1. On June 4 the JOA received communication from the IOC advising that discussions will be held with the IAAF regarding the selected event.

 

  1. On June 12, 2019, the JOA received communication from the IOC in which it was informed of the IAAF's advice that the ceremony could not be facilitated at the World Athletics Championships.

 

  1. The Olympians were accordingly advised and, following discussions with Novlene Williams-Mills, Rosemarie White and Bobbygaye Wilkins, Novlene Williams-Mills (who from representations held herself out to be the spokesperson) suggested either a Diamond League event during August or September or the IAAF Gala scheduled for later in the year both of which would be convenient to the JOA.

 

  1. On June 25, 2016, the JOA requested the IOC to give consideration to the proposed events for the ceremony. However, on July 1, 2019 the IOC advised that the IAAF could only accommodate the ceremony during the London edition of the Diamond League Meets which was scheduled to take place on July 20 and 21, 2019.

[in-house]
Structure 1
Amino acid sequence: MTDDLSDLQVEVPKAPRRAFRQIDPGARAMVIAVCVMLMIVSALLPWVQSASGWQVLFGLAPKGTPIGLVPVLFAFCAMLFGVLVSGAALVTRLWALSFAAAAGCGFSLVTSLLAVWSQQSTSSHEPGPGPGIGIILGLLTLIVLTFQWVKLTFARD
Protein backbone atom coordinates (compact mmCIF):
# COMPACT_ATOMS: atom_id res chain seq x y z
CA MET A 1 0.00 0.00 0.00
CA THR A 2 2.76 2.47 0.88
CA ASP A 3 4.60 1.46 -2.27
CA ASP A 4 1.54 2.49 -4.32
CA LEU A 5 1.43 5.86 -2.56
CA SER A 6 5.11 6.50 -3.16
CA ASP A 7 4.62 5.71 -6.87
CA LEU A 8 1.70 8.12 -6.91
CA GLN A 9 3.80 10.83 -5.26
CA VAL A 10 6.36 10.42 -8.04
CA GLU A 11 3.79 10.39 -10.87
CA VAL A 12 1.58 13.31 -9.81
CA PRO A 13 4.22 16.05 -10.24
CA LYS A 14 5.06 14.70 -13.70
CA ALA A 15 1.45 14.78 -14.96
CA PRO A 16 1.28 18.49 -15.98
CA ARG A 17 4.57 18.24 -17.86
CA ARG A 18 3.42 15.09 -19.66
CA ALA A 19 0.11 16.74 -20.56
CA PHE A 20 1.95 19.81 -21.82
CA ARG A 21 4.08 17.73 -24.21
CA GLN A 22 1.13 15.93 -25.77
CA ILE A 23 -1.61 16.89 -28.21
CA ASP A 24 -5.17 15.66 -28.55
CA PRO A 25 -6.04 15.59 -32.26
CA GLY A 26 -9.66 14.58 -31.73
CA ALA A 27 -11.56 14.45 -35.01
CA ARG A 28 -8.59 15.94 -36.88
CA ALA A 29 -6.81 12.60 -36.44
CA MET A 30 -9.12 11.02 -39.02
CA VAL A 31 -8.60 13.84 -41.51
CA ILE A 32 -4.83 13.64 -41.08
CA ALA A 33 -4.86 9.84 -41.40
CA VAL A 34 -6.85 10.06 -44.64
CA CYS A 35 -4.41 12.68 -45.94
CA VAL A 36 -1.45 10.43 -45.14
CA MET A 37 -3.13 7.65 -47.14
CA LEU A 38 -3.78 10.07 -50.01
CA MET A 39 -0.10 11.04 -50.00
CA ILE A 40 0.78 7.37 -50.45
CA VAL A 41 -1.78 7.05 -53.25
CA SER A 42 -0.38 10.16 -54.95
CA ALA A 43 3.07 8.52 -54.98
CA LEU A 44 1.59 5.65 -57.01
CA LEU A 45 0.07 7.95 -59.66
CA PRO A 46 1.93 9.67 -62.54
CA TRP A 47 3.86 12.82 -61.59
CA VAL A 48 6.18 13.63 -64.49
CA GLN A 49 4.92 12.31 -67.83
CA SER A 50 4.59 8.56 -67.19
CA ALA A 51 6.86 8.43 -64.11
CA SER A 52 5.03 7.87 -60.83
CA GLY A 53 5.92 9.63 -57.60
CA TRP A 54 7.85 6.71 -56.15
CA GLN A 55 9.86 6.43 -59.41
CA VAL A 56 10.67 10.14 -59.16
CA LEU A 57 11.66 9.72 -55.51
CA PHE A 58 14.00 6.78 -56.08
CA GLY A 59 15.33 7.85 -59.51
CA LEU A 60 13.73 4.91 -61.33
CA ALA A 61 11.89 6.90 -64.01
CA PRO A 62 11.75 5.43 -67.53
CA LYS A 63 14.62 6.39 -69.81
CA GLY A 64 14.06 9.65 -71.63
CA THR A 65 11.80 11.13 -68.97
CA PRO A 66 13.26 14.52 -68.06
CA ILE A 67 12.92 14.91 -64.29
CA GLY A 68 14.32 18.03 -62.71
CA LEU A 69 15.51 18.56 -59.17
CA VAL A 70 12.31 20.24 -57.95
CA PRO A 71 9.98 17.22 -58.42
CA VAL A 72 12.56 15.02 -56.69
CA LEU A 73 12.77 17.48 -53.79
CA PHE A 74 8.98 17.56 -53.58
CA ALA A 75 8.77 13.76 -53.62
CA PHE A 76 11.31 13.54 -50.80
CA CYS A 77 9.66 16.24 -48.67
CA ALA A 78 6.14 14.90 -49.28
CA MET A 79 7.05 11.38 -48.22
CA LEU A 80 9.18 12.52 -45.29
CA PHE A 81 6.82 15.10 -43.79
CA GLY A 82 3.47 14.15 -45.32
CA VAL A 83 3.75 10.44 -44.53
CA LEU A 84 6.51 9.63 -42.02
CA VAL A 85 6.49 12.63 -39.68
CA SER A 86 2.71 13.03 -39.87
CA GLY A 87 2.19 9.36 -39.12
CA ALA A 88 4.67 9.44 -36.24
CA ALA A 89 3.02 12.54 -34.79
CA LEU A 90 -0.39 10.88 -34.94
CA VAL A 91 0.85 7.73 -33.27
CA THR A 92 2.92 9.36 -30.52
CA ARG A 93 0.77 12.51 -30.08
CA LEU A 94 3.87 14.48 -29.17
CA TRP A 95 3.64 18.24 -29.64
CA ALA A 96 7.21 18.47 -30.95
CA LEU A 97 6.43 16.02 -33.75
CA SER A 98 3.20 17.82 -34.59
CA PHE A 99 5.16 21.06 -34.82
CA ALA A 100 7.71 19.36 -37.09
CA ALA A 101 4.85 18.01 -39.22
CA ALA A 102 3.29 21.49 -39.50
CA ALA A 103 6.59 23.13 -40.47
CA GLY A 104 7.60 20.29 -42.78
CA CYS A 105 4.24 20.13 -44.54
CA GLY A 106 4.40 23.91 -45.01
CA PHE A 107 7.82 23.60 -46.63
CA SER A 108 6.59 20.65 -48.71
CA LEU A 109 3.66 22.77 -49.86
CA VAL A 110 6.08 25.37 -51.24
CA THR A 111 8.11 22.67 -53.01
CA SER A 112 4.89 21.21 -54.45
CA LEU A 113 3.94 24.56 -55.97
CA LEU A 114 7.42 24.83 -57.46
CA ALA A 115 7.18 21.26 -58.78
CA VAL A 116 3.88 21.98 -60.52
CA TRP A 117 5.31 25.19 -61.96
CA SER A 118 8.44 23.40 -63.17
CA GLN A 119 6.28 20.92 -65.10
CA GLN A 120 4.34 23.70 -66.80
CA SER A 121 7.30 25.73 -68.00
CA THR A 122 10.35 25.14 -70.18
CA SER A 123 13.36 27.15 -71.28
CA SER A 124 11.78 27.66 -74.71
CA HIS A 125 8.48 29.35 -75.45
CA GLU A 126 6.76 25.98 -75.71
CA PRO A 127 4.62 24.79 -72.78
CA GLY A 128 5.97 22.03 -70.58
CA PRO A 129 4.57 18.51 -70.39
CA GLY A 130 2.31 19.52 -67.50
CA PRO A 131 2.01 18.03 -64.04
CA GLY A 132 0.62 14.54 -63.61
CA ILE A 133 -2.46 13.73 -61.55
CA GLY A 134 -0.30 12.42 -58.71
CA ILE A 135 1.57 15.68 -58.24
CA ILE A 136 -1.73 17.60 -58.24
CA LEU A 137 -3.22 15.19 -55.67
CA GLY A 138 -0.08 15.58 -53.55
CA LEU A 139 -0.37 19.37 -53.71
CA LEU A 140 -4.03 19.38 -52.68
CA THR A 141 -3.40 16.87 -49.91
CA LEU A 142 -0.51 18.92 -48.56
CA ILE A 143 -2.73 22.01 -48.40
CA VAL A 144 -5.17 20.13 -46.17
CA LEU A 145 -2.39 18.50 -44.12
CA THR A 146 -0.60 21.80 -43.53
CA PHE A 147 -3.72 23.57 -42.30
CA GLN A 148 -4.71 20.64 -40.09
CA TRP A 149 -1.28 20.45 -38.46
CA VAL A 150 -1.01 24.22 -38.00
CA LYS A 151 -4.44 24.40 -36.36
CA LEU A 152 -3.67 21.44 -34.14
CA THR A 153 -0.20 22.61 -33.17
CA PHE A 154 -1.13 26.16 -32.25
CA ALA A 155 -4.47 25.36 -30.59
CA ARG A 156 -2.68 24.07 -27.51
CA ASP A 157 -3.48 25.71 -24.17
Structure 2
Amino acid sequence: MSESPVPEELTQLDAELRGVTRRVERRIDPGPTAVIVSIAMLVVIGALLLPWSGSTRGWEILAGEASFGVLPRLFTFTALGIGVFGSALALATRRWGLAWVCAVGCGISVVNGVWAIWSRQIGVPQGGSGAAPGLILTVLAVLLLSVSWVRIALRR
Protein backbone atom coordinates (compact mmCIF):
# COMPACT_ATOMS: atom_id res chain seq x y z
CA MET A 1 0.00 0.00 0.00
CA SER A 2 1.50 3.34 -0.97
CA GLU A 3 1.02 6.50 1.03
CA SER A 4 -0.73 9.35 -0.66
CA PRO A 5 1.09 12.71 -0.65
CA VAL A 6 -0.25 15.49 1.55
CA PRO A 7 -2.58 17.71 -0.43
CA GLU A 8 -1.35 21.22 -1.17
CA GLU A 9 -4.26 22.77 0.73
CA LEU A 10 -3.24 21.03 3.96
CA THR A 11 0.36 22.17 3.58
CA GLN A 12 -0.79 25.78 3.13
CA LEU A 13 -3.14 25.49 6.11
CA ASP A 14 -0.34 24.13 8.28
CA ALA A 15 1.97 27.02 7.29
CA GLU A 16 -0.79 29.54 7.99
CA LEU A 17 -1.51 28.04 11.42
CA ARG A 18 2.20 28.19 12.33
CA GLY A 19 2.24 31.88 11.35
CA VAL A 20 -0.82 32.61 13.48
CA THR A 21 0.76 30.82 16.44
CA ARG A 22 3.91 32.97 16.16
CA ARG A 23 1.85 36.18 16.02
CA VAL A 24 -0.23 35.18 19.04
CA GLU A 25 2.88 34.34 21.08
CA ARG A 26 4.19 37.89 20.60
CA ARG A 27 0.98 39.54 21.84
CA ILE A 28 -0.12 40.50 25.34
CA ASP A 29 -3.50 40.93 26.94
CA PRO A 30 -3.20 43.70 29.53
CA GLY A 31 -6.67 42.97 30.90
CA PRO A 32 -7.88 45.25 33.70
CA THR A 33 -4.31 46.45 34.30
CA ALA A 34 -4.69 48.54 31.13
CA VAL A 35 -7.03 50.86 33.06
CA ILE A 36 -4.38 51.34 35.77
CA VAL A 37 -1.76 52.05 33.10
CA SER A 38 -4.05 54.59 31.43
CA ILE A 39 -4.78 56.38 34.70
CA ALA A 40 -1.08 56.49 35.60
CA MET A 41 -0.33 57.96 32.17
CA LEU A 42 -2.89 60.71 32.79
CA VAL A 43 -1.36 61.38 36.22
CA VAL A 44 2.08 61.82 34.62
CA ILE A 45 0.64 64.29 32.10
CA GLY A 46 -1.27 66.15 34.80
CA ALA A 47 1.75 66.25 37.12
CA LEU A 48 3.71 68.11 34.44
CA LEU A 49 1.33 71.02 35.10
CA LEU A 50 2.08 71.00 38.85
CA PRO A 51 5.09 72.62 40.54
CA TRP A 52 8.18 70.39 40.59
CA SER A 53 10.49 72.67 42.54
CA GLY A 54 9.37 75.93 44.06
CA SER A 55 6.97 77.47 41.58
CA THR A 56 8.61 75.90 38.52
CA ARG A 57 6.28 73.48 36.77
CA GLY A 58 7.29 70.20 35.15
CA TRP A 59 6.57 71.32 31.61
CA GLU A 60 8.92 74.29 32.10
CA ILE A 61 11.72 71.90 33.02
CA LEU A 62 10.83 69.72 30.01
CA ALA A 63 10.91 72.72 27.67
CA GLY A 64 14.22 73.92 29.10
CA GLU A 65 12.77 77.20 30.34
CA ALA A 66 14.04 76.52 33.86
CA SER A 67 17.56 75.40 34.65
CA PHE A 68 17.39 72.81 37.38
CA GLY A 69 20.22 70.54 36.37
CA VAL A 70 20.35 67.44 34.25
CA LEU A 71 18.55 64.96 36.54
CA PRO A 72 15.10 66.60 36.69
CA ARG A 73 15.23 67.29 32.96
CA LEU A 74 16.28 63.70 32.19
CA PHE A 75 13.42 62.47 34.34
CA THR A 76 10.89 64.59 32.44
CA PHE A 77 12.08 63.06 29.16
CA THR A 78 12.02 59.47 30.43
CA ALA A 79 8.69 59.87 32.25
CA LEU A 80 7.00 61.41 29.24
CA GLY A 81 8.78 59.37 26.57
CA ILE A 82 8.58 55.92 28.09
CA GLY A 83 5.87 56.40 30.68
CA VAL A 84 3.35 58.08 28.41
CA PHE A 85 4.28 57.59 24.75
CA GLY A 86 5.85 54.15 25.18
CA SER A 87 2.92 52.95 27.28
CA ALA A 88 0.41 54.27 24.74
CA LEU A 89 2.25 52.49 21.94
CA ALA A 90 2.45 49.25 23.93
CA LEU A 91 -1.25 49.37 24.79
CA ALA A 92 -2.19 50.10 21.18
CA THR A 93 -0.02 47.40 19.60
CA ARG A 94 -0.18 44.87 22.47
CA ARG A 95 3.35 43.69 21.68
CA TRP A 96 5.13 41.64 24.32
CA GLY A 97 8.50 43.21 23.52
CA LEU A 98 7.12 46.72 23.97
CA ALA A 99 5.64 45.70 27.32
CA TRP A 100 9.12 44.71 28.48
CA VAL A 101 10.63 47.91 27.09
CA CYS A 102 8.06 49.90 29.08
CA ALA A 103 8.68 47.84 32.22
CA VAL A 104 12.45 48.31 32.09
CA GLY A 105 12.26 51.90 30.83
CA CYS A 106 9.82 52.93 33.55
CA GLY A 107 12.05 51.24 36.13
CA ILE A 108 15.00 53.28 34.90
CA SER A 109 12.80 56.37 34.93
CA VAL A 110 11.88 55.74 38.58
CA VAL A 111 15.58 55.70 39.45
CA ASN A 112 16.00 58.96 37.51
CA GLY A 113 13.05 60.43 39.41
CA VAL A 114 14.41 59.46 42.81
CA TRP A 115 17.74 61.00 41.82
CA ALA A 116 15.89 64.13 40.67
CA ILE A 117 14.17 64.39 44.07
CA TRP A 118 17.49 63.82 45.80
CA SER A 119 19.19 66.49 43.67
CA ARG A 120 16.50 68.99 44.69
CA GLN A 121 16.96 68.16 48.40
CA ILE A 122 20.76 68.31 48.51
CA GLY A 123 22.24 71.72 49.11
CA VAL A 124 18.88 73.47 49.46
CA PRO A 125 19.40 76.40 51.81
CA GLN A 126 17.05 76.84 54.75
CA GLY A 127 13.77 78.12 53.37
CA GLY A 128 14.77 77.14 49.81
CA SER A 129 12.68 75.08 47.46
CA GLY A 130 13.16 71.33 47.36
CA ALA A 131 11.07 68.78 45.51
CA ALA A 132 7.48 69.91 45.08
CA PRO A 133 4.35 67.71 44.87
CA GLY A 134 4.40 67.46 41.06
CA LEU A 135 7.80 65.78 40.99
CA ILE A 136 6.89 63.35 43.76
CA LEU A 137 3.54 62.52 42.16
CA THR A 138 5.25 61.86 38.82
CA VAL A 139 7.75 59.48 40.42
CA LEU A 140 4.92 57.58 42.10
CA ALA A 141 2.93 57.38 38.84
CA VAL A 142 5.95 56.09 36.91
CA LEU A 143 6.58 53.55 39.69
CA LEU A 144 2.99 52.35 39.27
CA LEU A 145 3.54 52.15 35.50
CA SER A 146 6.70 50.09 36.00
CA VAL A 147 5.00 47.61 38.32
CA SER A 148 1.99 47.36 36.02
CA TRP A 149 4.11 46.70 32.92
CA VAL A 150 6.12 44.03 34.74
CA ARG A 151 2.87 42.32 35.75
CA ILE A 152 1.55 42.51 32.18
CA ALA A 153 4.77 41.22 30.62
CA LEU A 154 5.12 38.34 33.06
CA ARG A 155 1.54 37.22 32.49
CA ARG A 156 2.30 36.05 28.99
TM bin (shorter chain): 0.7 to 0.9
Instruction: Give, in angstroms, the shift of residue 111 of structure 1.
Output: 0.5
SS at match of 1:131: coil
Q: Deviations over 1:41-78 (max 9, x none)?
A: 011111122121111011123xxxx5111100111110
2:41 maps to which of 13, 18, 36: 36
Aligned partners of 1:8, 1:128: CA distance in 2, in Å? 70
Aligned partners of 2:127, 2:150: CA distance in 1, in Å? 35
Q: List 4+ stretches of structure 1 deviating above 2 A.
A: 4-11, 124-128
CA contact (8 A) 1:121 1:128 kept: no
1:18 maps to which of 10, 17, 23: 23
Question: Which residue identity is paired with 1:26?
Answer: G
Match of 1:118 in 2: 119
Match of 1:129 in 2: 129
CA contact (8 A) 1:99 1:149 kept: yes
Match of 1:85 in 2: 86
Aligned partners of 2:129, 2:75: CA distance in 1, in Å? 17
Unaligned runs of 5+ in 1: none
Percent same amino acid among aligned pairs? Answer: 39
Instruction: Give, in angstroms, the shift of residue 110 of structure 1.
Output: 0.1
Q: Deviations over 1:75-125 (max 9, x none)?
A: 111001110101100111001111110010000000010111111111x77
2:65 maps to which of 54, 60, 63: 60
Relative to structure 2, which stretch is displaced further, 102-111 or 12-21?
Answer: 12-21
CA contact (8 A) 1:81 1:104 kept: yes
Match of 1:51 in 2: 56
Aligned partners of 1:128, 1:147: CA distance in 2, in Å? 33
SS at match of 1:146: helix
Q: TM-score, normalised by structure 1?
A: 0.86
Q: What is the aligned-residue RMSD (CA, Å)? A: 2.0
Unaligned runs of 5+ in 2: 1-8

1. The information was relayed by the JOA to the Olympians the same day for their review and decision and simultaneously they were advised to take into consideration the fact that the event being only three weeks away, there may be logistic challenges particularly in view of firstly, the fact that persons including some Olympians and their allowed guests required visas and, secondly, the imminent games commitments and preparation requirements of the JOA which may very well preclude attendance.

 

  1. All Olympians with the exception of Shericka Williams (who preferred the 2020 Tokyo Olympic Games) notwithstanding confirmed on July 3 their decision in favour of the London Diamond League Meet scheduled for July 20 and 21. Ms. Williams eventually agreed and, with the consent of all Olympians, the JOA informed the IOC that same day of their decision.

 

  1. In keeping with the advice of the IOC, each Olympian was allowed two accompany guests to the ceremony. Accordingly, the number of persons in the party totaled eighteen and of this number, nine persons (three athletes and six guests) required UK visas.